Standing on the Shoulders of Giants #16
By Graham Bell
There are some phrases that we use regularly without really knowing where they came from.
I was reminded of this recently while doing some fundraising work for the local village hall. Lesley has already written about this in her recent blog, ‘Anyone for Hot Mix Lime’ #13. As we worked to put together a funding package which would carry out essential renovations and repairs on the 126 year old Cove Burgh Hall, it became apparent that we were building on work done by countless others, past and present.
The phrase is commonly attributed to Isaac Newton.
“If I have seen further it is by standing on the shoulders of giants.”
Newton didn't originate it though. The 12th century theologian and author, John of Salisbury, used a version of the phrase in a treatise on logic called Metalogicon, written in Latin in 1159. Translations of this difficult book are variable but the gist of what Salisbury said is:
" We are like dwarfs sitting on the shoulders of giants. We see more, and things that are more distant, than they did, not because our sight is superior or because we are taller than they, but because they raise us up, and by their great stature add to ours."
What a great paragraph! I’ve had the privilege of working with a number of organisations that have a long history and have come to realise how much we owe those who went before us. Indeed, it is one of the great characteristics of human beings that we work to do things and make things that will long outlast us. As the Greek proverb goes:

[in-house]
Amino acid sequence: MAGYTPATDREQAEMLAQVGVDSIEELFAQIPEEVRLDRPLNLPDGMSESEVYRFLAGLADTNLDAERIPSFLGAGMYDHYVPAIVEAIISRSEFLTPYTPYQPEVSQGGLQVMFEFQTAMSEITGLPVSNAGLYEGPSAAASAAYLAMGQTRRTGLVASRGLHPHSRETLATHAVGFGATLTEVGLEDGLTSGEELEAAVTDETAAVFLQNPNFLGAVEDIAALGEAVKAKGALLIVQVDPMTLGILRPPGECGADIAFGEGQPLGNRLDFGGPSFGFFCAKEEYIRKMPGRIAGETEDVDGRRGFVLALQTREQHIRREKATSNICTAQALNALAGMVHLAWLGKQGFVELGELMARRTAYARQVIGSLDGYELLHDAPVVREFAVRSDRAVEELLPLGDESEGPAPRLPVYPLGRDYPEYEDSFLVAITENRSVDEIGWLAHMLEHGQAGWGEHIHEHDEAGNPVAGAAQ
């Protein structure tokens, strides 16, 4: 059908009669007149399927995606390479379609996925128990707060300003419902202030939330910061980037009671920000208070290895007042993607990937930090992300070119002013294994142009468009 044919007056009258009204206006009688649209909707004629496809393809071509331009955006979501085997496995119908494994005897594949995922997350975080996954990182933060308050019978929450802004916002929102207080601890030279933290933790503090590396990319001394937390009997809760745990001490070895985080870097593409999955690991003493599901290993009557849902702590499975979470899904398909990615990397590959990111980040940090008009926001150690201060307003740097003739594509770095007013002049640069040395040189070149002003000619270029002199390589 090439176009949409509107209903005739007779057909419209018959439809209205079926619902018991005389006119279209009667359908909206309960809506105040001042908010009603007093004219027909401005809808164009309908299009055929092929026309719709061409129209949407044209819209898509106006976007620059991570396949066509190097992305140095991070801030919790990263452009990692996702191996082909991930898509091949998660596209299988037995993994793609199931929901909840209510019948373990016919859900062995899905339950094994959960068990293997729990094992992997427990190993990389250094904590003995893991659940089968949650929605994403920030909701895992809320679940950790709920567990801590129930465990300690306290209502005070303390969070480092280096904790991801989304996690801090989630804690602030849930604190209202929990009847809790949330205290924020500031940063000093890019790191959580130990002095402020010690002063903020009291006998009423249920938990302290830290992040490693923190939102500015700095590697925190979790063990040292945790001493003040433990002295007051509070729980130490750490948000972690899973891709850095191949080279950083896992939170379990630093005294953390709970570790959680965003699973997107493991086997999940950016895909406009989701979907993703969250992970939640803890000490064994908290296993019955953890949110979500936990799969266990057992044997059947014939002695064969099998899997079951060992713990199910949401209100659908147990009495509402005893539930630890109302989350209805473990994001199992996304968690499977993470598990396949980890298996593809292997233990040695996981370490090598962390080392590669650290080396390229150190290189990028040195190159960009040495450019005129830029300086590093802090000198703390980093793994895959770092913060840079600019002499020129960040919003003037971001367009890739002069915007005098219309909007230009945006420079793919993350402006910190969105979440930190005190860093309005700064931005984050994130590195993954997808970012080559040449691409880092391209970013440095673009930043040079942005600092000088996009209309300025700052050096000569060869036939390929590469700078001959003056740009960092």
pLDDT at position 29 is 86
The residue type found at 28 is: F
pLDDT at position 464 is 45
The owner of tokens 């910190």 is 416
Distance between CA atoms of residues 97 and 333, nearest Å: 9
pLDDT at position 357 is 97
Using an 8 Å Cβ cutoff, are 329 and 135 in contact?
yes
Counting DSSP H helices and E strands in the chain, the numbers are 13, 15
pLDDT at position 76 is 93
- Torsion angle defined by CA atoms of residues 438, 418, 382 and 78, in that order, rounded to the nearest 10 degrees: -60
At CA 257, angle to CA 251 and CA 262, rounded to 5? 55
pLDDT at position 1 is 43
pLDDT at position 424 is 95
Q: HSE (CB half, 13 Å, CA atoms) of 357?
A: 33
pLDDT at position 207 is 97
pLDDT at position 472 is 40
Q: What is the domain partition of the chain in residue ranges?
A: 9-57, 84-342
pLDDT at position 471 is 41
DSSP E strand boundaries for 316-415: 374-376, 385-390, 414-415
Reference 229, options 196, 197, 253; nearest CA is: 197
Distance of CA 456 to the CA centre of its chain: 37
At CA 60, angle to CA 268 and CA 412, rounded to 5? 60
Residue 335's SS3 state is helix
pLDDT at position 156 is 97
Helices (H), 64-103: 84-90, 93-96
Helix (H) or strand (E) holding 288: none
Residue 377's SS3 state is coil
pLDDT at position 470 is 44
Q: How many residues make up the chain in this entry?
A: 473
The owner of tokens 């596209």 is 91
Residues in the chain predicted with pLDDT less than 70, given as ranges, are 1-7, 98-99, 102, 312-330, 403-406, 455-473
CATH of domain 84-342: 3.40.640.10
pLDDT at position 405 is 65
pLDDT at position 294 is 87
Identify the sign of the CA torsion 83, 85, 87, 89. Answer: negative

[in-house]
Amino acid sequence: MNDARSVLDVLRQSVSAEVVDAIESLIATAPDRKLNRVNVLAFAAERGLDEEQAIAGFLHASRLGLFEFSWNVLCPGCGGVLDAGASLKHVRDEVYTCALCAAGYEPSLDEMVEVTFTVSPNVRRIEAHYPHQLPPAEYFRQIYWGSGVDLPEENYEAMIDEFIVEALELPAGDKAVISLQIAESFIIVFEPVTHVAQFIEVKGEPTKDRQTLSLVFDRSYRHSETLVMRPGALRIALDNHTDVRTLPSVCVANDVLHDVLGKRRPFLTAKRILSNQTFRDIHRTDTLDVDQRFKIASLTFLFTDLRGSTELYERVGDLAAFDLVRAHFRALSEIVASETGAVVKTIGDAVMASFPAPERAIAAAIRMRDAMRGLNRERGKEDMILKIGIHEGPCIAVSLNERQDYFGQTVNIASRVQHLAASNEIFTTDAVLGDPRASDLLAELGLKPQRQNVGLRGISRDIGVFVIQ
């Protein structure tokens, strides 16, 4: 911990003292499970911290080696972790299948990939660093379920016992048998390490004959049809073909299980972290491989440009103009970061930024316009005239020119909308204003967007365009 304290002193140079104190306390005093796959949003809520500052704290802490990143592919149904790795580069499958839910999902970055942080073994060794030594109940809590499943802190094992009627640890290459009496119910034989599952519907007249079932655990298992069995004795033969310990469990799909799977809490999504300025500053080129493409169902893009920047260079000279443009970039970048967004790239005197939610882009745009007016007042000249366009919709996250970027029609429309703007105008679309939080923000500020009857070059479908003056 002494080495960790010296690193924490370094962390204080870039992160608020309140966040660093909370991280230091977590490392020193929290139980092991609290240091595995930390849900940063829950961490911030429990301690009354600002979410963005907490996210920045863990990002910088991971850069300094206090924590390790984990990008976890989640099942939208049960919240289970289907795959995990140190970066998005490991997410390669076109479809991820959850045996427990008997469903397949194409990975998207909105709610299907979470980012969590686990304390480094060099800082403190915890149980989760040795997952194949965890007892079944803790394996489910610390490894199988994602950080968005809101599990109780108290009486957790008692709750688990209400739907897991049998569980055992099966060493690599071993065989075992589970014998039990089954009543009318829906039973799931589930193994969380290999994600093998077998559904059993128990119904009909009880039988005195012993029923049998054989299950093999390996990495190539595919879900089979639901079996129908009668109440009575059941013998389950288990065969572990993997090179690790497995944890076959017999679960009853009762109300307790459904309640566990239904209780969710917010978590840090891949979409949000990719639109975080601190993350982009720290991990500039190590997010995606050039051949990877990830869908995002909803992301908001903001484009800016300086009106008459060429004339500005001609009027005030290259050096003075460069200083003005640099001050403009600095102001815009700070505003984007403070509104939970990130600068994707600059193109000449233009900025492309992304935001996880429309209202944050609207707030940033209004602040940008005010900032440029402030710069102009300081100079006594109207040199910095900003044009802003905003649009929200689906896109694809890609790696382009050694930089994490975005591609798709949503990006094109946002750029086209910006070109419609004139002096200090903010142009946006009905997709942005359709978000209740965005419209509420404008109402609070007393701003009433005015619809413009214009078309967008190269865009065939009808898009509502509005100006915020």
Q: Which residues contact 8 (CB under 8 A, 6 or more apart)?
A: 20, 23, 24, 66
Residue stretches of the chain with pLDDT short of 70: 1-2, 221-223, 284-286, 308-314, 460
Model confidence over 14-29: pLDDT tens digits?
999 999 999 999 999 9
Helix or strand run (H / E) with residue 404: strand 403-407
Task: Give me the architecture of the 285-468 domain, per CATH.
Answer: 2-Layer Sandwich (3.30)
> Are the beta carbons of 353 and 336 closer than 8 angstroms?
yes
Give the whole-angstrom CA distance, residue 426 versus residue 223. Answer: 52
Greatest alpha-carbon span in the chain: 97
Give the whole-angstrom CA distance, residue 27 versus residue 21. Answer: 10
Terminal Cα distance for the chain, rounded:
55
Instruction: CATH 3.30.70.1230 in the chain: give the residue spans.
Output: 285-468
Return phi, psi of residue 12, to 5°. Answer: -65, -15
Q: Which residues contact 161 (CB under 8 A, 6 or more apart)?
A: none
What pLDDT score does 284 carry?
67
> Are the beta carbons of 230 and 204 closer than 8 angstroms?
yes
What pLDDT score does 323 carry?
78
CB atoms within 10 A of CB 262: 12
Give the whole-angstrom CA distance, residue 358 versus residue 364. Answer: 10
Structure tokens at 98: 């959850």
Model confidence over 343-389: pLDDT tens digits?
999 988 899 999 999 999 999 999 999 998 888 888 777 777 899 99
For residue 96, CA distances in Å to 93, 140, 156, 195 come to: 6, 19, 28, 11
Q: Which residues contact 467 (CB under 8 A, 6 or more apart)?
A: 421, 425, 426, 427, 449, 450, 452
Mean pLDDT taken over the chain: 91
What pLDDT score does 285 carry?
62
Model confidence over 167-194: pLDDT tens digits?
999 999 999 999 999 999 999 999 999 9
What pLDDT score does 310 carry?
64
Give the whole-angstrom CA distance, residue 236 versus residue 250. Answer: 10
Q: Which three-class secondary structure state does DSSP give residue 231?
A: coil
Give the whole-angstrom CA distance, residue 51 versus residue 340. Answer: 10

“A society grows great when old men plant trees whose shade they know they shall never sit in.”
We like to illustrate our blogs with photos and pictures that help communicate the message we are trying to get across. I tried hard but couldn’t find any photo of me on anyone’s shoulders! Physically I am of a scale that would make that difficult but metaphorically I have been on the shoulders of many! But I was reminded of a few photos taken from the back of a mule, trotting along the rim of the Grand Canyon.
As you can see I was given a perspective of the Grand Canyon that I certainly would not have seen had I just been walking along the path. Not only did I cover a lot more miles, but it gave me extra height to get a better view. Moreover, that mule had travelled these paths many, many times. It was a lot more sure-footed than I could ever have been.
But back to the serious point. We do learn and make progress from the work of others, and in turn we prepare the way for others in the expectation that they will clamber on to our shoulders.
Benjamin Jones had a different slant on this. He said
"If one is to stand on the shoulder of giants then first you must climb up their backs, and the greater the body of knowledge, the harder this climb becomes."
We can feel daunted by the prospect of the climb, but it is worth it. And the better we do our job, the steeper the climb for those who come after us. But that climb will give our successors an even better view.
So another view from my mule atop the Grand Canyon. And that has to be the topic of a future blog, when I reflect on what I learned from that mule. And, just for clarity, I certainly was not standing on the back of that mule on the edge of the canyon; more like hanging on!
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